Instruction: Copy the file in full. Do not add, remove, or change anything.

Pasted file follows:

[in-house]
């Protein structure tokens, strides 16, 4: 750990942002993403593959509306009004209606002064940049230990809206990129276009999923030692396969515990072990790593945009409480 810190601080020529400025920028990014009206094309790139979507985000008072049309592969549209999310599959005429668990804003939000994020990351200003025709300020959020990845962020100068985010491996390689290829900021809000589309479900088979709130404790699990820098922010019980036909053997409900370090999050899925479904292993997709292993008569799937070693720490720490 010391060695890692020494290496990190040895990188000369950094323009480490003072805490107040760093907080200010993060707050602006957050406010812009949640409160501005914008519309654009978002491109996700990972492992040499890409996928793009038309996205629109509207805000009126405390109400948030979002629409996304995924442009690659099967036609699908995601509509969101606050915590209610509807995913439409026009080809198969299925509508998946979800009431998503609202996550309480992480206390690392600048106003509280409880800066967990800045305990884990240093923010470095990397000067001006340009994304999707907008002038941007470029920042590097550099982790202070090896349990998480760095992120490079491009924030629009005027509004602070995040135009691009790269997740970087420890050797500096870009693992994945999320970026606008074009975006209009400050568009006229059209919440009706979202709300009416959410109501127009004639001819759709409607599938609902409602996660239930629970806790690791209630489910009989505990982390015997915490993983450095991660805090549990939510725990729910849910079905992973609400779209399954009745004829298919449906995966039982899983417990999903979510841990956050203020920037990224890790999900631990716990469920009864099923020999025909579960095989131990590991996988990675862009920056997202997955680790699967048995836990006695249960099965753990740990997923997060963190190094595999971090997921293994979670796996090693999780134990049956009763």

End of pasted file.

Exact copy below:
[in-house]
């Protein structure tokens, strides 16, 4: 750990942002993403593959509306009004209606002064940049230990809206990129276009999923030692396969515990072990790593945009409480 810190601080020529400025920028990014009206094309790139979507985000008072049309592969549209999310599959005429668990804003939000994020990351200003025709300020959020990845962020100068985010491996390689290829900021809000589309479900088979709130404790699990820098922010019980036909053997409900370090999050899925479904292993997709292993008569799937070693720490720490 010391060695890692020494290496990190040895990188000369950094323009480490003072805490107040760093907080200010993060707050602006957050406010812009949640409160501005914008519309654009978002491109996700990972492992040499890409996928793009038309996205629109509207805000009126405390109400948030979002629409996304995924442009690659099967036609699908995601509509969101606050915590209610509807995913439409026009080809198969299925509508998946979800009431998503609202996550309480992480206390690392600048106003509280409880800066967990800045305990884990240093923010470095990397000067001006340009994304999707907008002038941007470029920042590097550099982790202070090896349990998480760095992120490079491009924030629009005027509004602070995040135009691009790269997740970087420890050797500096870009693992994945999320970026606008074009975006209009400050568009006229059209919440009706979202709300009416959410109501127009004639001819759709409607599938609902409602996660239930629970806790690791209630489910009989505990982390015997915490993983450095991660805090549990939510725990729910849910079905992973609400779209399954009745004829298919449906995966039982899983417990999903979510841990956050203020920037990224890790999900631990716990469920009864099923020999025909579960095989131990590991996988990675862009920056997202997955680790699967048995836990006695249960099965753990740990997923997060963190190094595999971090997921293994979670796996090693999780134990049956009763």